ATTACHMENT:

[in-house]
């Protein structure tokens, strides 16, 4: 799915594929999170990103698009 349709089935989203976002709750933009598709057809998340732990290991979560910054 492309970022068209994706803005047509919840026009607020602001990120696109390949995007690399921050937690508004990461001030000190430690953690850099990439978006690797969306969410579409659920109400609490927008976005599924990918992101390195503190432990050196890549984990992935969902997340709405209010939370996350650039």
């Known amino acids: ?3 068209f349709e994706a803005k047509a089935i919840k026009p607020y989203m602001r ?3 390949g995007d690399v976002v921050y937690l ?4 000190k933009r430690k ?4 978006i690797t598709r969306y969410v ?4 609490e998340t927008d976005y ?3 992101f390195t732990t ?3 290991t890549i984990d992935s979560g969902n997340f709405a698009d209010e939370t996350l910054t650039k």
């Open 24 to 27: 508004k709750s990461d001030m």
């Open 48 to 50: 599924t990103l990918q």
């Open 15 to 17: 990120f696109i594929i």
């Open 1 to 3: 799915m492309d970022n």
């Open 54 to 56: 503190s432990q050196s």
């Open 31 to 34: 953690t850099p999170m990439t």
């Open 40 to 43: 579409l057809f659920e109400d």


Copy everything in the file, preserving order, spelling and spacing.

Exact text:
[in-house]
């Protein structure tokens, strides 16, 4: 799915594929999170990103698009 349709089935989203976002709750933009598709057809998340732990290991979560910054 492309970022068209994706803005047509919840026009607020602001990120696109390949995007690399921050937690508004990461001030000190430690953690850099990439978006690797969306969410579409659920109400609490927008976005599924990918992101390195503190432990050196890549984990992935969902997340709405209010939370996350650039």
């Known amino acids: ?3 068209f349709e994706a803005k047509a089935i919840k026009p607020y989203m602001r ?3 390949g995007d690399v976002v921050y937690l ?4 000190k933009r430690k ?4 978006i690797t598709r969306y969410v ?4 609490e998340t927008d976005y ?3 992101f390195t732990t ?3 290991t890549i984990d992935s979560g969902n997340f709405a698009d209010e939370t996350l910054t650039k």
């Open 24 to 27: 508004k709750s990461d001030m």
């Open 48 to 50: 599924t990103l990918q």
């Open 15 to 17: 990120f696109i594929i």
């Open 1 to 3: 799915m492309d970022n």
């Open 54 to 56: 503190s432990q050196s």
């Open 31 to 34: 953690t850099p999170m990439t």
């Open 40 to 43: 579409l057809f659920e109400d």